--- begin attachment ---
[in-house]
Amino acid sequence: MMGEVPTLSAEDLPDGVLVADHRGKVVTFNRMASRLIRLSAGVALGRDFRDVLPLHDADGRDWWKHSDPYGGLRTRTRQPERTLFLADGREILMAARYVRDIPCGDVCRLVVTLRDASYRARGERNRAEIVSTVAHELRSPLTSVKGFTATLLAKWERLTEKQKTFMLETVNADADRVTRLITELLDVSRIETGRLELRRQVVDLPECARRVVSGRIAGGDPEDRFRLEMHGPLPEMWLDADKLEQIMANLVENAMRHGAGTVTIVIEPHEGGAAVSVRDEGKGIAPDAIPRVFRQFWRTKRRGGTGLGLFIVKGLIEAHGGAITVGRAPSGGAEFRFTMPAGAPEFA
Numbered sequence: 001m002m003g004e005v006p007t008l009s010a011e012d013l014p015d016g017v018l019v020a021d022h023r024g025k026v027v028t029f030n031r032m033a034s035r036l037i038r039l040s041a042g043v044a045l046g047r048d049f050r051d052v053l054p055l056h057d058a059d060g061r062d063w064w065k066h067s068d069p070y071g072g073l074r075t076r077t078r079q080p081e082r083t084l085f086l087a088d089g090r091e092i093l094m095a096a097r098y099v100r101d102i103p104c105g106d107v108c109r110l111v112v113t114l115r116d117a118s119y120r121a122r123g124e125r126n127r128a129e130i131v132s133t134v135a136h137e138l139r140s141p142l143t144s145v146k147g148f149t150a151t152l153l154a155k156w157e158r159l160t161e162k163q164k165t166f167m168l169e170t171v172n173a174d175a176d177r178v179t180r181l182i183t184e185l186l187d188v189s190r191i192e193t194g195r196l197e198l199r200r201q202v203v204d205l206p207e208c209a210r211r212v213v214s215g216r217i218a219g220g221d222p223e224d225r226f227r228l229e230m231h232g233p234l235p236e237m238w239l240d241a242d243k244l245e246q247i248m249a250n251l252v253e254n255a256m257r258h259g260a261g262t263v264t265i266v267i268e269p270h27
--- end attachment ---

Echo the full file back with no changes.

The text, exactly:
[in-house]
Amino acid sequence: MMGEVPTLSAEDLPDGVLVADHRGKVVTFNRMASRLIRLSAGVALGRDFRDVLPLHDADGRDWWKHSDPYGGLRTRTRQPERTLFLADGREILMAARYVRDIPCGDVCRLVVTLRDASYRARGERNRAEIVSTVAHELRSPLTSVKGFTATLLAKWERLTEKQKTFMLETVNADADRVTRLITELLDVSRIETGRLELRRQVVDLPECARRVVSGRIAGGDPEDRFRLEMHGPLPEMWLDADKLEQIMANLVENAMRHGAGTVTIVIEPHEGGAAVSVRDEGKGIAPDAIPRVFRQFWRTKRRGGTGLGLFIVKGLIEAHGGAITVGRAPSGGAEFRFTMPAGAPEFA
Numbered sequence: 001m002m003g004e005v006p007t008l009s010a011e012d013l014p015d016g017v018l019v020a021d022h023r024g025k026v027v028t029f030n031r032m033a034s035r036l037i038r039l040s041a042g043v044a045l046g047r048d049f050r051d052v053l054p055l056h057d058a059d060g061r062d063w064w065k066h067s068d069p070y071g072g073l074r075t076r077t078r079q080p081e082r083t084l085f086l087a088d089g090r091e092i093l094m095a096a097r098y099v100r101d102i103p104c105g106d107v108c109r110l111v112v113t114l115r116d117a118s119y120r121a122r123g124e125r126n127r128a129e130i131v132s133t134v135a136h137e138l139r140s141p142l143t144s145v146k147g148f149t150a151t152l153l154a155k156w157e158r159l160t161e162k163q164k165t166f167m168l169e170t171v172n173a174d175a176d177r178v179t180r181l182i183t184e185l186l187d188v189s190r191i192e193t194g195r196l197e198l199r200r201q202v203v204d205l206p207e208c209a210r211r212v213v214s215g216r217i218a219g220g221d222p223e224d225r226f227r228l229e230m231h232g233p234l235p236e237m238w239l240d241a242d243k244l245e246q247i248m249a250n251l252v253e254n255a256m257r258h259g260a261g262t263v264t265i266v267i268e269p270h27